Book review: All the Birds in the Sky

In the aftermath of the 2016 elections, the lead up to November 8th, I had been reading a lot of political history of the latter half of the 20th century. After The Donald won, I needed a change.

While I have often found modern SciFi a bit hard to get into, I steeled myself and asked a High School friend, Chuck Serface for a couple of recommendations. First up was “All the Birds in the Sky” by Charlie Jane Anders,  which appeared on my Kindle as if by magic.

That night, when I picked up my Kindle at bedtime, I fell into a trance, reading the entirety of the first “Book” (the novel is broken into 4 “Books” in a fairly natural divisions). I usually nod off after 15 minutes or so, strong praise indeed.

The start of the book begins with two awkward Tweens, who are outcasts at their school, whose families are dysfunctional (in different manners), who form a bond. One, Laurence, a genius, who follows hacker tutorials and builds a 2 second time machine, the other, Patricia, who has a connection to nature, and is a budding magician (or witch).

The story wends and wefts from there through Patricia running away from school, Laurence gaining a seat at a Science and Mathematics school, to their paths crossing in their 20’s in San Francisco, and a hyper story, where an AI that was invented by Laurence in his bedroom closet as a teenager, and gained sentience from chatting with Patricia, is instrumental to saving the world.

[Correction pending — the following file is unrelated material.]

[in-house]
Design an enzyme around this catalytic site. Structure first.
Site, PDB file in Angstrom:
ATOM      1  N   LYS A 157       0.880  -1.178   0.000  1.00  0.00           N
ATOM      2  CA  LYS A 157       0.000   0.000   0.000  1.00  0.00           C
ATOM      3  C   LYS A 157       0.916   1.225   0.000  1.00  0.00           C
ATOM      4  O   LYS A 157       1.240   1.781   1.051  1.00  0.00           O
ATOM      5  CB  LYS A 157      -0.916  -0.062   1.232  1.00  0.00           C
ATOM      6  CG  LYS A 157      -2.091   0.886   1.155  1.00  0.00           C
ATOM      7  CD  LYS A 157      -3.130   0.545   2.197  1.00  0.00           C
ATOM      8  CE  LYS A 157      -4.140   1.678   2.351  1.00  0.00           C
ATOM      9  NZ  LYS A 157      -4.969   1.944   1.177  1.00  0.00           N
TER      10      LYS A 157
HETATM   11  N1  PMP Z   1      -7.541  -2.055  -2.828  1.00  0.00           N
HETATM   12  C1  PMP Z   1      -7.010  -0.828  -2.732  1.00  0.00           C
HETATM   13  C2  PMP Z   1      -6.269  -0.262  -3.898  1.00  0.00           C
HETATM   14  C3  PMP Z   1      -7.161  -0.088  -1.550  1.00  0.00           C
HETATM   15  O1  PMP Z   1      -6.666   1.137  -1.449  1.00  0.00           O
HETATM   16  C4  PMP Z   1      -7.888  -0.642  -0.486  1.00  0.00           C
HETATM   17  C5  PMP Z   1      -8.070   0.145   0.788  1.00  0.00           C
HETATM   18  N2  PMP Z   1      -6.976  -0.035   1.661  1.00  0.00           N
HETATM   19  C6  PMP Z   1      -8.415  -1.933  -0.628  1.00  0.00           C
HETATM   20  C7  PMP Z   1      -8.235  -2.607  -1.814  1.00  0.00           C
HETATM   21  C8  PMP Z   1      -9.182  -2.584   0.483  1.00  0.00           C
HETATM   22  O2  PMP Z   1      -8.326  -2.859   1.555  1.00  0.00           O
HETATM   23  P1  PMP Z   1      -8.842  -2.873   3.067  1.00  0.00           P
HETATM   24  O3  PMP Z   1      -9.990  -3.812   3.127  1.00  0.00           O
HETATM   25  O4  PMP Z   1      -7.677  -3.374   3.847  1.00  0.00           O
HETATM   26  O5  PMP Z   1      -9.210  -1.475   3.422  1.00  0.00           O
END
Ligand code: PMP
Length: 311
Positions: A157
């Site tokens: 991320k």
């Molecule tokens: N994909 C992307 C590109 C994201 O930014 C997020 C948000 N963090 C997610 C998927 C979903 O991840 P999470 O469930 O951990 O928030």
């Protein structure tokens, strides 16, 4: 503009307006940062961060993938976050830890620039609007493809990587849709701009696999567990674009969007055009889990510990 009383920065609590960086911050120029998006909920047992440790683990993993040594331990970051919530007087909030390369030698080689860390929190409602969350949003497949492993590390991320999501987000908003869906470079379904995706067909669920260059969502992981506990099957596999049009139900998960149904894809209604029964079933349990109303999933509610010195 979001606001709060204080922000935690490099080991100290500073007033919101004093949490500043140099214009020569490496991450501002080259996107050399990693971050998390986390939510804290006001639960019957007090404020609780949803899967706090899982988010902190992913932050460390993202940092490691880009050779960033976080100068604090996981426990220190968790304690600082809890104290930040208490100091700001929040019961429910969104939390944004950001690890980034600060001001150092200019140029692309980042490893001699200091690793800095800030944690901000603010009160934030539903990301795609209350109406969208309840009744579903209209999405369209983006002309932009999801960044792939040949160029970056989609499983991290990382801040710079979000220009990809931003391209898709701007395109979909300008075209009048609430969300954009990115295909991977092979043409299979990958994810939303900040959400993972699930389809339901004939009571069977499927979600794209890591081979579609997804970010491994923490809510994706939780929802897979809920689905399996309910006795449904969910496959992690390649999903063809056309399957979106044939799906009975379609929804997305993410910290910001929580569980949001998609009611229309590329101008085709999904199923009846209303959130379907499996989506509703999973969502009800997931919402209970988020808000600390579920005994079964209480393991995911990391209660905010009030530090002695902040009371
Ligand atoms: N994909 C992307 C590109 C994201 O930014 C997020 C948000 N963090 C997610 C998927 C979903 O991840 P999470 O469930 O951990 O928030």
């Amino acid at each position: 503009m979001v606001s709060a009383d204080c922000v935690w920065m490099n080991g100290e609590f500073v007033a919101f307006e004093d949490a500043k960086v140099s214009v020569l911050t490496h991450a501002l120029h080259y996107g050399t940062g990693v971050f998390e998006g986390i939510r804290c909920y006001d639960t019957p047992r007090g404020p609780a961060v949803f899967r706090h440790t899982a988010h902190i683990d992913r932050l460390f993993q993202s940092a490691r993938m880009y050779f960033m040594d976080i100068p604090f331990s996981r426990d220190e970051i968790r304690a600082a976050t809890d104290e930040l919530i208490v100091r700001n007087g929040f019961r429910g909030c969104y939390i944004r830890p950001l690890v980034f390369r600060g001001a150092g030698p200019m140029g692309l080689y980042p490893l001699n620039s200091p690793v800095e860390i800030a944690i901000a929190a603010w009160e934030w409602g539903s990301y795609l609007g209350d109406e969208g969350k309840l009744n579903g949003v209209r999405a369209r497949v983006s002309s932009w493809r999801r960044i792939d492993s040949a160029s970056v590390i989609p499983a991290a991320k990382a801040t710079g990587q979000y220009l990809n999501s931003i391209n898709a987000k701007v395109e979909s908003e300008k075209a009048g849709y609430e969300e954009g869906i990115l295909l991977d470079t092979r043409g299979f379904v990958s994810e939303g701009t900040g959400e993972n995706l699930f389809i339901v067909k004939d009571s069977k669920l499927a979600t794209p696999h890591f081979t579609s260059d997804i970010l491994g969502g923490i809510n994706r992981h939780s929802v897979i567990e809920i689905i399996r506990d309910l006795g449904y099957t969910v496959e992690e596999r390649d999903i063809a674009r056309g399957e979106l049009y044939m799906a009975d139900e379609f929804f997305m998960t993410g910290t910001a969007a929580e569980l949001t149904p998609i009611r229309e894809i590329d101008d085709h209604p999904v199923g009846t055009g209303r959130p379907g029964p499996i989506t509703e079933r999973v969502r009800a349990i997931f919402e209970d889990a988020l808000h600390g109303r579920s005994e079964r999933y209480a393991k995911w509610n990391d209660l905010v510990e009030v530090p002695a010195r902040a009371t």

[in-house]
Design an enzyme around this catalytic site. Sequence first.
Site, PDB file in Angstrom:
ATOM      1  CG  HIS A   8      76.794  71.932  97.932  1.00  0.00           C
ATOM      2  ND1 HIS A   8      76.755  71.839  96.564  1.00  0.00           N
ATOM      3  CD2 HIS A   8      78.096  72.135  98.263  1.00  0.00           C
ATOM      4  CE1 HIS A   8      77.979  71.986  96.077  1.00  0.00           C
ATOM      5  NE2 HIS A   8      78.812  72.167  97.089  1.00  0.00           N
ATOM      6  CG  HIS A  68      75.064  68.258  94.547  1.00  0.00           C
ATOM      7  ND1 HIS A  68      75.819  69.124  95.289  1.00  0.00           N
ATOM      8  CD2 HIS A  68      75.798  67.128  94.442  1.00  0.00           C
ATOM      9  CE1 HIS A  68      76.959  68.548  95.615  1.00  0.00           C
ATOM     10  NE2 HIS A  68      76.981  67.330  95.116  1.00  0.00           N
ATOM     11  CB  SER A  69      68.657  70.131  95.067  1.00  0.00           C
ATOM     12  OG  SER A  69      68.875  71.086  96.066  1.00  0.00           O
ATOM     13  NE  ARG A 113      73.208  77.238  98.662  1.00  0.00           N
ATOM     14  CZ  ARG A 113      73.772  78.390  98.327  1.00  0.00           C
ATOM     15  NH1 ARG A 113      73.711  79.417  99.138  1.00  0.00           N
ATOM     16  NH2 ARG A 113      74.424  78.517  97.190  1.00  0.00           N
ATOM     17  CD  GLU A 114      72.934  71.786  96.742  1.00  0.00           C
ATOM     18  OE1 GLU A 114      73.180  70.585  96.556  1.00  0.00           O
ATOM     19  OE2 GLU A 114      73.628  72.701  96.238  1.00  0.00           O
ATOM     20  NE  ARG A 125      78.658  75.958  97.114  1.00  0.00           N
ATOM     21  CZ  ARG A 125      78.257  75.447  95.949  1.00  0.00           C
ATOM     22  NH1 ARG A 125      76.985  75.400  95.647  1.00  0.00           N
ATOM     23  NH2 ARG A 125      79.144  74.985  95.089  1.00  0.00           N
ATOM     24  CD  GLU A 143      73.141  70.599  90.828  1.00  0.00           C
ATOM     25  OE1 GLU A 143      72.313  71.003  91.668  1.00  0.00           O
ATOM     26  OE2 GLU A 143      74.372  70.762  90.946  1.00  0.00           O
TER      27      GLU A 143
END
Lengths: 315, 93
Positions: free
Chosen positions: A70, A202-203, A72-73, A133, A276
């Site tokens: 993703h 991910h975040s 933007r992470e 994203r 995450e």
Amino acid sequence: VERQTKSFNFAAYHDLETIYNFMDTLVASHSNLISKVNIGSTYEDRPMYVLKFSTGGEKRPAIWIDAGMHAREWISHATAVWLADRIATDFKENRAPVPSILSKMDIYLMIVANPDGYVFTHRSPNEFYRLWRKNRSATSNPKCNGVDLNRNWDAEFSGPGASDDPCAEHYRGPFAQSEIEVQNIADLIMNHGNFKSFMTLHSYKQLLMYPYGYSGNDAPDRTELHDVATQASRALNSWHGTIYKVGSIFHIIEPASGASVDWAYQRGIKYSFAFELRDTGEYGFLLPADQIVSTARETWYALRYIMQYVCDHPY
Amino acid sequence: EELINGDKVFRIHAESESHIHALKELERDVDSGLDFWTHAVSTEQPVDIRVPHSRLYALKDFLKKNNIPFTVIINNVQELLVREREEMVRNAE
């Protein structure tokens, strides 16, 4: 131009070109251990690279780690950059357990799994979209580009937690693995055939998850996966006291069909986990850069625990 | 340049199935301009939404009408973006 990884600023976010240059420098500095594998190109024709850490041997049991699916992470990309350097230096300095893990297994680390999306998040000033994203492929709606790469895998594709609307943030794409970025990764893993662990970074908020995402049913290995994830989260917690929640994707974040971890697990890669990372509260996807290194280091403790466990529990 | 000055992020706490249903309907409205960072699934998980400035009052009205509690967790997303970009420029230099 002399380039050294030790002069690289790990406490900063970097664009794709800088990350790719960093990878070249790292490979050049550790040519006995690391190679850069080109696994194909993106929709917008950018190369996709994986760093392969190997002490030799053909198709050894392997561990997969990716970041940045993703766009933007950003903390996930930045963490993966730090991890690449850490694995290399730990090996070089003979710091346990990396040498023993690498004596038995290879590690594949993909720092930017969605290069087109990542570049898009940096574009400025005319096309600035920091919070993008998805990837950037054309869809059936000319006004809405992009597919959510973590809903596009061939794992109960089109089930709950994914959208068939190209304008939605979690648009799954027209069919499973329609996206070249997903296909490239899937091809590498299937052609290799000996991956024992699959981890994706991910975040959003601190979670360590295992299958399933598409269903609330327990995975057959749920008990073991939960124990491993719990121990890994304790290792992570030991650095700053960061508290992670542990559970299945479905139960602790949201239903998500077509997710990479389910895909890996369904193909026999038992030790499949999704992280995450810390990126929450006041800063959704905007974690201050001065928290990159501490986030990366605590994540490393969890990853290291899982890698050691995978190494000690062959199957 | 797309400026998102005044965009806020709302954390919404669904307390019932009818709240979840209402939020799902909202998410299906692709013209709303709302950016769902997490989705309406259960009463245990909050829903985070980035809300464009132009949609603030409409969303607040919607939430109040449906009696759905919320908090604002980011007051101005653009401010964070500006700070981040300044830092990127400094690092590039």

The next morning, on the train, something that has never happened, I lost track of time while reading, and almost missed my stop.

The book is engaging, captivating, and a cracking good read. It all works out in the end, but Charlie Jane Anders wields his words like a ninja master, keeping the reader turning the pages, mesmerized.

Highly recommended.

Some final comments:

I was reading some of the reviews on Amazon. Many/most were accurate and complimentary, but, I have to marvel at how many people, who obviously just didn’t like the book, felt compelled to write short reviews that basically said that it sucked, or it wasn’t their cup of tea. Why bother? I mean if you really had an issue with the book (the suspension of disbelief was too great, or the science bits were too far fetched, or you really prefer more human nature stories, whatever) then explore it. But “it sucks” isn’t helpful.

Why the hate on modern SciFi? Good question. I have tried, but have often found that many of the new masters seem to try too hard. Either the writing seems stilted, or the temptation to use implausible tech. The past masters like John Brunner did the near future brilliantly, or Phillip K. Dick who was masterful at alternate realities, or Robert Heinlein who was a master of the human interest stories, and I cut my teeth on them in my formative years.

But, reconnecting with Chuck (who reads and I think votes for the Hugo awards), is promising to give me hope.

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